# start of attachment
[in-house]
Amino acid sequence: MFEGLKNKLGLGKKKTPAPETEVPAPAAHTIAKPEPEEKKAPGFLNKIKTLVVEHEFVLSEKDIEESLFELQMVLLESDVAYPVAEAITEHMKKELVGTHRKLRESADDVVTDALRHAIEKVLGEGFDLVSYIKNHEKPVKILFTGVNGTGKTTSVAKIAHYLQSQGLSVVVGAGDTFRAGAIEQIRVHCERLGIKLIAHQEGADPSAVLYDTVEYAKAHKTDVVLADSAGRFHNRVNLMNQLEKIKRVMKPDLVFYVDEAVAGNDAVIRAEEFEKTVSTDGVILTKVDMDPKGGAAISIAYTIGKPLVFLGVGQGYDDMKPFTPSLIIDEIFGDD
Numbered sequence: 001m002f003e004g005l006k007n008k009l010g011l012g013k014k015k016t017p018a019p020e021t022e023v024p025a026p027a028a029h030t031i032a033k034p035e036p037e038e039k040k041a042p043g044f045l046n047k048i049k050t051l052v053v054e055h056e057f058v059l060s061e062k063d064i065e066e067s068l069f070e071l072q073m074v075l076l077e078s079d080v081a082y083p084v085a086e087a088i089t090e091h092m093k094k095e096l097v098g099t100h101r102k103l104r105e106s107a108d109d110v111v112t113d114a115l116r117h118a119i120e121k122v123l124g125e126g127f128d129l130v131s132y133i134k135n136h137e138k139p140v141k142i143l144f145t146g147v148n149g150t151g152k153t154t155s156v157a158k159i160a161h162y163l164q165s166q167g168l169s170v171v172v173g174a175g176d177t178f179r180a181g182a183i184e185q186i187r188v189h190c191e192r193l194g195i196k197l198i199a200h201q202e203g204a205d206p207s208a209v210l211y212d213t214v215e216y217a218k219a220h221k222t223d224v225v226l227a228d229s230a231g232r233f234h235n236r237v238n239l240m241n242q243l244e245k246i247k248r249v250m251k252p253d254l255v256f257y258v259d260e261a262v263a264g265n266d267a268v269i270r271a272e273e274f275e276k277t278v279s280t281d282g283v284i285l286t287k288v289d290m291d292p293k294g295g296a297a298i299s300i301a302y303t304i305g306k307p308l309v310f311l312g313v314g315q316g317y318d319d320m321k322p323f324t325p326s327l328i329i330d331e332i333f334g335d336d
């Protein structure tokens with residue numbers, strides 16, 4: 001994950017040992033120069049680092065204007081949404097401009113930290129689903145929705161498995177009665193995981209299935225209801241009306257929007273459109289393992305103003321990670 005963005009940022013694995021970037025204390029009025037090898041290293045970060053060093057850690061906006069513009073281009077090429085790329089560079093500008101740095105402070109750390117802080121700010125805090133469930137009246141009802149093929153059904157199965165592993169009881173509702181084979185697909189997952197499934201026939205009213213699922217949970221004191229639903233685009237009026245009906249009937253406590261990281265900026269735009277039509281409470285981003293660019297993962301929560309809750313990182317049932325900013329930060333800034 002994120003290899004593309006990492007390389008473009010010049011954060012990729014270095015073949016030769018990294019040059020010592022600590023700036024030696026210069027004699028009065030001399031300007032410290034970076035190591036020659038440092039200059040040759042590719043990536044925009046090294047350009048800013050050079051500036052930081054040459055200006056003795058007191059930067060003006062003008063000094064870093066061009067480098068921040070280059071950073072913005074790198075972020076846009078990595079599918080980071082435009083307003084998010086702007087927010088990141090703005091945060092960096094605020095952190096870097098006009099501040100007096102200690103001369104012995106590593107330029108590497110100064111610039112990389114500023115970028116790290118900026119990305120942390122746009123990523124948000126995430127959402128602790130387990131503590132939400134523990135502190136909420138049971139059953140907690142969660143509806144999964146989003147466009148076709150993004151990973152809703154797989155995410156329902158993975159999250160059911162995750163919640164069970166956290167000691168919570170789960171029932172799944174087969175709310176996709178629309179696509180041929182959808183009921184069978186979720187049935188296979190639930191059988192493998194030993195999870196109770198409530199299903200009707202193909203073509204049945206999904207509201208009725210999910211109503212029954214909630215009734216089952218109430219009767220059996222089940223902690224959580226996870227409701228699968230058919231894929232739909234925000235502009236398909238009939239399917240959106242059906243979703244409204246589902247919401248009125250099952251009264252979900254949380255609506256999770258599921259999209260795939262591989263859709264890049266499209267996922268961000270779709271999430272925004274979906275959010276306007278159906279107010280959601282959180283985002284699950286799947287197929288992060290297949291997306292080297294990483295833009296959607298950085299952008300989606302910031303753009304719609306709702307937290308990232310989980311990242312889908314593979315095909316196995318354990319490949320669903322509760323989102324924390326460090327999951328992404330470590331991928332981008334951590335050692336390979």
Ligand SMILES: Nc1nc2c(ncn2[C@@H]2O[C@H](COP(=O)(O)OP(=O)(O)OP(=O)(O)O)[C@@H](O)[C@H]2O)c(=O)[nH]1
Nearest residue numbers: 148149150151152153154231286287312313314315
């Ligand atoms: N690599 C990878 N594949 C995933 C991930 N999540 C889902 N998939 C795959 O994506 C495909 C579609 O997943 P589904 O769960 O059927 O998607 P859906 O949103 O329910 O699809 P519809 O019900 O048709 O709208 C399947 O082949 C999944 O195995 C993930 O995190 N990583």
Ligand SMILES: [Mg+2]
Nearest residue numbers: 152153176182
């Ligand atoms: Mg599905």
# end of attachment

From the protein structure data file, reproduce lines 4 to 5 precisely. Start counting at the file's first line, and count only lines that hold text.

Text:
């Protein structure tokens with residue numbers, strides 16, 4: 001994950017040992033120069049680092065204007081949404097401009113930290129689903145929705161498995177009665193995981209299935225209801241009306257929007273459109289393992305103003321990670 005963005009940022013694995021970037025204390029009025037090898041290293045970060053060093057850690061906006069513009073281009077090429085790329089560079093500008101740095105402070109750390117802080121700010125805090133469930137009246141009802149093929153059904157199965165592993169009881173509702181084979185697909189997952197499934201026939205009213213699922217949970221004191229639903233685009237009026245009906249009937253406590261990281265900026269735009277039509281409470285981003293660019297993962301929560309809750313990182317049932325900013329930060333800034 002994120003290899004593309006990492007390389008473009010010049011954060012990729014270095015073949016030769018990294019040059020010592022600590023700036024030696026210069027004699028009065030001399031300007032410290034970076035190591036020659038440092039200059040040759042590719043990536044925009046090294047350009048800013050050079051500036052930081054040459055200006056003795058007191059930067060003006062003008063000094064870093066061009067480098068921040070280059071950073072913005074790198075972020076846009078990595079599918080980071082435009083307003084998010086702007087927010088990141090703005091945060092960096094605020095952190096870097098006009099501040100007096102200690103001369104012995106590593107330029108590497110100064111610039112990389114500023115970028116790290118900026119990305120942390122746009123990523124948000126995430127959402128602790130387990131503590132939400134523990135502190136909420138049971139059953140907690142969660143509806144999964146989003147466009148076709150993004151990973152809703154797989155995410156329902158993975159999250160059911162995750163919640164069970166956290167000691168919570170789960171029932172799944174087969175709310176996709178629309179696509180041929182959808183009921184069978186979720187049935188296979190639930191059988192493998194030993195999870196109770198409530199299903200009707202193909203073509204049945206999904207509201208009725210999910211109503212029954214909630215009734216089952218109430219009767220059996222089940223902690224959580226996870227409701228699968230058919231894929232739909234925000235502009236398909238009939239399917240959106242059906243979703244409204246589902247919401248009125250099952251009264252979900254949380255609506256999770258599921259999209260795939262591989263859709264890049266499209267996922268961000270779709271999430272925004274979906275959010276306007278159906279107010280959601282959180283985002284699950286799947287197929288992060290297949291997306292080297294990483295833009296959607298950085299952008300989606302910031303753009304719609306709702307937290308990232310989980311990242312889908314593979315095909316196995318354990319490949320669903322509760323989102324924390326460090327999951328992404330470590331991928332981008334951590335050692336390979």
Ligand SMILES: Nc1nc2c(ncn2[C@@H]2O[C@H](COP(=O)(O)OP(=O)(O)OP(=O)(O)O)[C@@H](O)[C@H]2O)c(=O)[nH]1